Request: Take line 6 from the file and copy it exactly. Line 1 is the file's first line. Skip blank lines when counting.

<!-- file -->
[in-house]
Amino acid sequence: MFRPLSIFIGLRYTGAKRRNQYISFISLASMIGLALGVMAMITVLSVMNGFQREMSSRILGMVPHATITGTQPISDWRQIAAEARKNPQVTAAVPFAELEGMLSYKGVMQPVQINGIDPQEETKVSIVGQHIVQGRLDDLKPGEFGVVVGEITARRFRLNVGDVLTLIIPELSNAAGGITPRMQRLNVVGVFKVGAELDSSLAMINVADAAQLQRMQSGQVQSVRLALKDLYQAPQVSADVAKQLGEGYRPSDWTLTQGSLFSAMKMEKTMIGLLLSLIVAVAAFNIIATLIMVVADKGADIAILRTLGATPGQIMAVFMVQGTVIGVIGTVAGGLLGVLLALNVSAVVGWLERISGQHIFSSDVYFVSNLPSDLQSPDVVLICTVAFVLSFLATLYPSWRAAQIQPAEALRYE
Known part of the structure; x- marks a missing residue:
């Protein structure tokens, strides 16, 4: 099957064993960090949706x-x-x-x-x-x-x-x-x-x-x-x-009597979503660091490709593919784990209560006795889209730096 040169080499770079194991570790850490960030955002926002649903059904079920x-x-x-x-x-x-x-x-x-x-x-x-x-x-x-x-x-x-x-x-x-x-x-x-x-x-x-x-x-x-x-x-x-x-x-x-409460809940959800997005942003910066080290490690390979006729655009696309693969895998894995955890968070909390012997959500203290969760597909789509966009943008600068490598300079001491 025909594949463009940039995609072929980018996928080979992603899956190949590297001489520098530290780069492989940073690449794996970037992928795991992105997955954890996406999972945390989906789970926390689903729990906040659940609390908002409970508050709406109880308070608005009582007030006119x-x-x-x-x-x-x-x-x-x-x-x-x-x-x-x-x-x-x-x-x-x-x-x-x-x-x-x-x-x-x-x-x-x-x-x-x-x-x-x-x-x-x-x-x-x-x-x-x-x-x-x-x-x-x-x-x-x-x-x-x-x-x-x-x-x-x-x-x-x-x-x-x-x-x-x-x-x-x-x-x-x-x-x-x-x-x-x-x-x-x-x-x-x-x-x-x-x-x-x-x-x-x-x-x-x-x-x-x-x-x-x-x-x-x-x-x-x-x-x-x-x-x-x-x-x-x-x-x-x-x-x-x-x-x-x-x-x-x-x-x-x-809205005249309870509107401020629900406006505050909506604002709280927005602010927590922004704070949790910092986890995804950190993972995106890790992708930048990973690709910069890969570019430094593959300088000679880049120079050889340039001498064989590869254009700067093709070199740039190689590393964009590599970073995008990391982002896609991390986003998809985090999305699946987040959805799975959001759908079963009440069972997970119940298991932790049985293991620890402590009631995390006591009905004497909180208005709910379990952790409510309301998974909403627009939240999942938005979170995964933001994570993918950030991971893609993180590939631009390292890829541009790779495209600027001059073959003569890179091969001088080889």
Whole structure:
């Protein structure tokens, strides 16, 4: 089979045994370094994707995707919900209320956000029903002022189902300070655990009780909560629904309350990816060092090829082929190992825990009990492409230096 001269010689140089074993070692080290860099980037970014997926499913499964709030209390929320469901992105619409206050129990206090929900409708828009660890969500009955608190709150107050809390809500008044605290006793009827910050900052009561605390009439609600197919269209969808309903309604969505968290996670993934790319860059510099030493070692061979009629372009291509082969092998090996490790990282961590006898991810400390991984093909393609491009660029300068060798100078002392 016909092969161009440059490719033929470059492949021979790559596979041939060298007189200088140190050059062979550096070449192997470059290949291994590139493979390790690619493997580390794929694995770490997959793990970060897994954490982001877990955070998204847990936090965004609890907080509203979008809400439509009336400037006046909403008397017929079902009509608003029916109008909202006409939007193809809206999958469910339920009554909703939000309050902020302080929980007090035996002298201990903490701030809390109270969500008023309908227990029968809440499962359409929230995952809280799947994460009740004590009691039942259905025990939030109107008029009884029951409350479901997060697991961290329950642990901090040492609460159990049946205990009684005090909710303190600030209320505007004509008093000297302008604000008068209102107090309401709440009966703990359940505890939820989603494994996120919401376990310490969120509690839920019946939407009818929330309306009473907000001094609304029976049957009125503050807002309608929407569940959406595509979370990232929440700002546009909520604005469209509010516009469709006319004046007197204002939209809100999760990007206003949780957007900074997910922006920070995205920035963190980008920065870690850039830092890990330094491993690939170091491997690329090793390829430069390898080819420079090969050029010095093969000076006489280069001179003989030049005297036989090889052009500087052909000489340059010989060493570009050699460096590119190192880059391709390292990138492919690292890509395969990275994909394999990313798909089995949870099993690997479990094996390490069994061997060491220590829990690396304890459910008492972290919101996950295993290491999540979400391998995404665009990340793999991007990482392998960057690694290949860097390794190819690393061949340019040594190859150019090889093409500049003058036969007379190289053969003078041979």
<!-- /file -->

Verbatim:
């Protein structure tokens, strides 16, 4: 089979045994370094994707995707919900209320956000029903002022189902300070655990009780909560629904309350990816060092090829082929190992825990009990492409230096 001269010689140089074993070692080290860099980037970014997926499913499964709030209390929320469901992105619409206050129990206090929900409708828009660890969500009955608190709150107050809390809500008044605290006793009827910050900052009561605390009439609600197919269209969808309903309604969505968290996670993934790319860059510099030493070692061979009629372009291509082969092998090996490790990282961590006898991810400390991984093909393609491009660029300068060798100078002392 016909092969161009440059490719033929470059492949021979790559596979041939060298007189200088140190050059062979550096070449192997470059290949291994590139493979390790690619493997580390794929694995770490997959793990970060897994954490982001877990955070998204847990936090965004609890907080509203979008809400439509009336400037006046909403008397017929079902009509608003029916109008909202006409939007193809809206999958469910339920009554909703939000309050902020302080929980007090035996002298201990903490701030809390109270969500008023309908227990029968809440499962359409929230995952809280799947994460009740004590009691039942259905025990939030109107008029009884029951409350479901997060697991961290329950642990901090040492609460159990049946205990009684005090909710303190600030209320505007004509008093000297302008604000008068209102107090309401709440009966703990359940505890939820989603494994996120919401376990310490969120509690839920019946939407009818929330309306009473907000001094609304029976049957009125503050807002309608929407569940959406595509979370990232929440700002546009909520604005469209509010516009469709006319004046007197204002939209809100999760990007206003949780957007900074997910922006920070995205920035963190980008920065870690850039830092890990330094491993690939170091491997690329090793390829430069390898080819420079090969050029010095093969000076006489280069001179003989030049005297036989090889052009500087052909000489340059010989060493570009050699460096590119190192880059391709390292990138492919690292890509395969990275994909394999990313798909089995949870099993690997479990094996390490069994061997060491220590829990690396304890459910008492972290919101996950295993290491999540979400391998995404665009990340793999991007990482392998960057690694290949860097390794190819690393061949340019040594190859150019090889093409500049003058036969007379190289053969003078041979």